Feb. 28 (Bloomberg) -- Steel reinforcement-bar futures gained for a second day, paring a monthly decline, amid concern that supply of iron ore from Australia, the biggest shipper, could be disrupted due to a cyclone.
Rebar for delivery in October rose by 1.7 percent to close at 4,053 yuan ($651) a metric ton on the Shanghai Futures Exchange. The October contract has retreated 3.3 percent this month.
Global steel prices may jump 20 percent as Tropical Cyclone Rusty made landfall in Australia, the Englewood, Colorado-based IHS Inc. said yesterday in an e-mailed report. Iron ore in Australia was quoted at $191 a ton on Feb. 19, and “in an extreme scenario wherein Rusty causes major damage to Australia’s mines and seaports, pricing could increase” to $230 a ton in April, according to IHS.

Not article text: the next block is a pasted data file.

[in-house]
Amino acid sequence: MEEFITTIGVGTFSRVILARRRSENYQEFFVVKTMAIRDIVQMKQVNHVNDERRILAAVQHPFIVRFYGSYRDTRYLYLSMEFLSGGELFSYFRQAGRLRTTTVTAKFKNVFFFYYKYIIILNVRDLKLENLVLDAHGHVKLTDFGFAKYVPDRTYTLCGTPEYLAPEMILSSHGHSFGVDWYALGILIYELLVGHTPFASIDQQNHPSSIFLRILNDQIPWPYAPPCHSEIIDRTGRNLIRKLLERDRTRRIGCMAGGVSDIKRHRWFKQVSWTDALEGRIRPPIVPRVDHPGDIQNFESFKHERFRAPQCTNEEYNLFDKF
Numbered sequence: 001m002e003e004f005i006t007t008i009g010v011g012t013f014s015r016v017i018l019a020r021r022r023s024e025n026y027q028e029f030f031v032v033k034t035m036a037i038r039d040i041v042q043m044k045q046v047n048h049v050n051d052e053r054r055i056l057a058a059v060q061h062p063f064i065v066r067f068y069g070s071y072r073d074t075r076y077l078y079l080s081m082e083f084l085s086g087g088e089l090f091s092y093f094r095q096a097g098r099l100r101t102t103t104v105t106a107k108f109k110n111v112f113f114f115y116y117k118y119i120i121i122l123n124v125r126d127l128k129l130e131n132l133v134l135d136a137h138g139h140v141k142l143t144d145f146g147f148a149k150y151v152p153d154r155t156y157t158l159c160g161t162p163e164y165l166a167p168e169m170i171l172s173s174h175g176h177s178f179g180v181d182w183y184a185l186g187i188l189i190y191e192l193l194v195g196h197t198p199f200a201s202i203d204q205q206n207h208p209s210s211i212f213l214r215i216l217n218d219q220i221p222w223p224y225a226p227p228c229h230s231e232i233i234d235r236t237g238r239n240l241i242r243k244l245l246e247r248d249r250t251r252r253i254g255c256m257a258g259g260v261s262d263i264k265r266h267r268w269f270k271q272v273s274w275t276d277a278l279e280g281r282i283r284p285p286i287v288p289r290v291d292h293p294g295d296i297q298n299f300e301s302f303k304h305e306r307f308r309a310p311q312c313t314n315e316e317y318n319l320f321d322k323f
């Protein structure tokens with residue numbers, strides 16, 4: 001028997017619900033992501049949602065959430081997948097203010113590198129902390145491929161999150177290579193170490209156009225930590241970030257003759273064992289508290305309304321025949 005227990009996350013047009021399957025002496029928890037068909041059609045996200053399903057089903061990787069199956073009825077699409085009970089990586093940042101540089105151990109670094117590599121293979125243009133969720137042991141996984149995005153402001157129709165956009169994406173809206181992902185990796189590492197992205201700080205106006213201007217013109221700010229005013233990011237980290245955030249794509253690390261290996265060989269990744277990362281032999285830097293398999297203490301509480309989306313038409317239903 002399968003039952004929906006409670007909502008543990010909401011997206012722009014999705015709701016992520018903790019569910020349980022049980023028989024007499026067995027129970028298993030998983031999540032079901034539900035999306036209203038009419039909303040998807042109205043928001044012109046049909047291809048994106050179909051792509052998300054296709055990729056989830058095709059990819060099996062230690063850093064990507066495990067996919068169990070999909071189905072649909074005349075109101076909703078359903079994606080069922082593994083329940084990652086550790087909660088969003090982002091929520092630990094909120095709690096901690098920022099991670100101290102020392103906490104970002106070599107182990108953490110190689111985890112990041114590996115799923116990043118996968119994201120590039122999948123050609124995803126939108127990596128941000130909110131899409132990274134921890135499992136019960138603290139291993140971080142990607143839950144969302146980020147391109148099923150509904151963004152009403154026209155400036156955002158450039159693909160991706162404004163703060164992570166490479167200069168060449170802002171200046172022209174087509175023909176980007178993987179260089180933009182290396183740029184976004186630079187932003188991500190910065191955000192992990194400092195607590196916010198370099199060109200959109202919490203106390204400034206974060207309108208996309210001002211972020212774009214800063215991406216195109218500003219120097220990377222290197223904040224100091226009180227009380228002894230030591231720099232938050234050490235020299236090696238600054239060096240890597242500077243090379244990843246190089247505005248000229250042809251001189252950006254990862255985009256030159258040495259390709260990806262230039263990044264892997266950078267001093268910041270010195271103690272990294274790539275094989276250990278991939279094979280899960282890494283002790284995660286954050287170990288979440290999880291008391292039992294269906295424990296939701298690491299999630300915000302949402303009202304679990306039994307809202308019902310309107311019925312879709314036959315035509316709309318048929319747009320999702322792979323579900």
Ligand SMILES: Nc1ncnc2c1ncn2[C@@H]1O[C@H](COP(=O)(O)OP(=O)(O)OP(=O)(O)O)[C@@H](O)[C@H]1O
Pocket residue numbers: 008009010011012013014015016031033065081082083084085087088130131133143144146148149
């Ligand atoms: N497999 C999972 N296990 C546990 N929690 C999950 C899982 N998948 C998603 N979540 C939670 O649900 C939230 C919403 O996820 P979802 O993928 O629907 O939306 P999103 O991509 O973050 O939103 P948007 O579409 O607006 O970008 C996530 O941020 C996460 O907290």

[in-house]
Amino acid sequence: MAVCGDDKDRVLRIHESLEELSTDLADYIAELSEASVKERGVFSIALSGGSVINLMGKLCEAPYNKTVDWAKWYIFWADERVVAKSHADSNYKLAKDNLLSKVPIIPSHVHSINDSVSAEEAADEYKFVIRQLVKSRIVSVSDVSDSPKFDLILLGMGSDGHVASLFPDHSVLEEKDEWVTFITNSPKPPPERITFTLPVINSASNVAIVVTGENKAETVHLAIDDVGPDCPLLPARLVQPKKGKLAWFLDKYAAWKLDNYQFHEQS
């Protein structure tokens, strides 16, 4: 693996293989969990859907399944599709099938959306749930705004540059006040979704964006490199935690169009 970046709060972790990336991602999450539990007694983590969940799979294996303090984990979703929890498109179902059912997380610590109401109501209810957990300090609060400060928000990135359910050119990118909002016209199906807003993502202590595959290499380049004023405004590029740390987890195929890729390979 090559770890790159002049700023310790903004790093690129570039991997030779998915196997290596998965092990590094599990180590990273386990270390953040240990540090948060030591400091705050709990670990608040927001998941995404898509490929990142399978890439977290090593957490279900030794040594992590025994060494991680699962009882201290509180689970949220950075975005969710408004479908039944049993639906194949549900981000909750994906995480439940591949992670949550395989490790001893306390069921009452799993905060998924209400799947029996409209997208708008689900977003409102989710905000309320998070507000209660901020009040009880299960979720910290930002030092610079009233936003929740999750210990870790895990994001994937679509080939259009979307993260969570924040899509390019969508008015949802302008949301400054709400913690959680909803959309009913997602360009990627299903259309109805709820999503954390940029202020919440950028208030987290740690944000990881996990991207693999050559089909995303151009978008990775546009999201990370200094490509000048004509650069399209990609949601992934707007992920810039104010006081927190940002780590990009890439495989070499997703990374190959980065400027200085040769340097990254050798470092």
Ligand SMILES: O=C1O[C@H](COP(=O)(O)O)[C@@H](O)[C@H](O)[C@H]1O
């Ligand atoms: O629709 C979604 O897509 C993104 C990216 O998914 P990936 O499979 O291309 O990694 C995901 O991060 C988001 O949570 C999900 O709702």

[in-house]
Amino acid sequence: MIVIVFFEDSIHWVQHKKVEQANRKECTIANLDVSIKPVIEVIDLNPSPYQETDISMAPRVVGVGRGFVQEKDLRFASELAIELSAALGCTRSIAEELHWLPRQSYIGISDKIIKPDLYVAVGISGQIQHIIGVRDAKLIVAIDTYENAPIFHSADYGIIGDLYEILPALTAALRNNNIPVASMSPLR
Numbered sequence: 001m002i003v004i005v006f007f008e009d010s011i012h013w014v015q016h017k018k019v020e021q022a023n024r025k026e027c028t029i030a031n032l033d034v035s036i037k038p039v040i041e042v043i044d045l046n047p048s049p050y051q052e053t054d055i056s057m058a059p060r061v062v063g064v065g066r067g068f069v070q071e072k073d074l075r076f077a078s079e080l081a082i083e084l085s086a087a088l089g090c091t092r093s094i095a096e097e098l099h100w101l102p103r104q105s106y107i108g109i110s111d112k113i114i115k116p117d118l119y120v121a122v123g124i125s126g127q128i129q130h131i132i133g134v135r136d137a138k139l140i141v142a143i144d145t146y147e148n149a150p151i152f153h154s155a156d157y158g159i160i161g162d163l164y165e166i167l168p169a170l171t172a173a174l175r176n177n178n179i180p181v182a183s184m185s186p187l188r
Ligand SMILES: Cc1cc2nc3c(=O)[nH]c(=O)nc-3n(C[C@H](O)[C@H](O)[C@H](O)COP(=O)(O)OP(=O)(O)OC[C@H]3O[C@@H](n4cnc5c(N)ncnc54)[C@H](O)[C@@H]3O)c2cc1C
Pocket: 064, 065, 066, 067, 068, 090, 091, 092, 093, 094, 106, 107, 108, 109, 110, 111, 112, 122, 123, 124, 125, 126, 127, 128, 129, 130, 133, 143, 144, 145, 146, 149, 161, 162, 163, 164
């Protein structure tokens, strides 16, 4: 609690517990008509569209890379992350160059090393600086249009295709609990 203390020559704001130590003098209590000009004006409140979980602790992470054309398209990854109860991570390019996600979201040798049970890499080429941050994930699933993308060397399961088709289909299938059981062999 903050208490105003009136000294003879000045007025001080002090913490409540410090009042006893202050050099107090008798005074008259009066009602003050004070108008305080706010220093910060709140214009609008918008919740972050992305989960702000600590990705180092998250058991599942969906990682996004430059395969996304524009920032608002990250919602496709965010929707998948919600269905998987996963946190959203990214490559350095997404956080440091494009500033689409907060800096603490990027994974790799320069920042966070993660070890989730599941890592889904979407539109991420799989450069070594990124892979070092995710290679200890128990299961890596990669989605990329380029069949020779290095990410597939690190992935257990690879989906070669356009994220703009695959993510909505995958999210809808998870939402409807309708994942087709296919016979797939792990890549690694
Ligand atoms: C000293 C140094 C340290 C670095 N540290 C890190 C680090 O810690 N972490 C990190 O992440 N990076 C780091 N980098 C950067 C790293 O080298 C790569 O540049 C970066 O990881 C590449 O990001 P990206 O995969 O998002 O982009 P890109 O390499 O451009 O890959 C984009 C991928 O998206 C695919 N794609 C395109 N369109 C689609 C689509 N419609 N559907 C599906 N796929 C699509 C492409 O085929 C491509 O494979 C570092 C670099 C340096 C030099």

“Investors are worried that cyclone Rusty will reduce iron ore supplies from Australia,” Zheng Ge, an analyst at Wanda Futures Co., said in a report today.
Australia’s Port Hedland, home to the world’s biggest bulk export terminal, escaped with only minor damage from a weakening tropical Cyclone Rusty that’s now moving inland into the Pilbara iron ore mining region.
Iron ore has surged 75 percent from a near three-year low in September as China’s growth rebounded from a seven-quarter slowdown. Iron ore for immediate delivery was unchanged at $151.90 a ton yesterday, trading near 16-month high, according to data compiled by The Steel Index Ltd.
The average spot price for rebar fell 0.6 percent to 3,790 yuan a ton today, according to data from Beijing Antaike Information Development Co.
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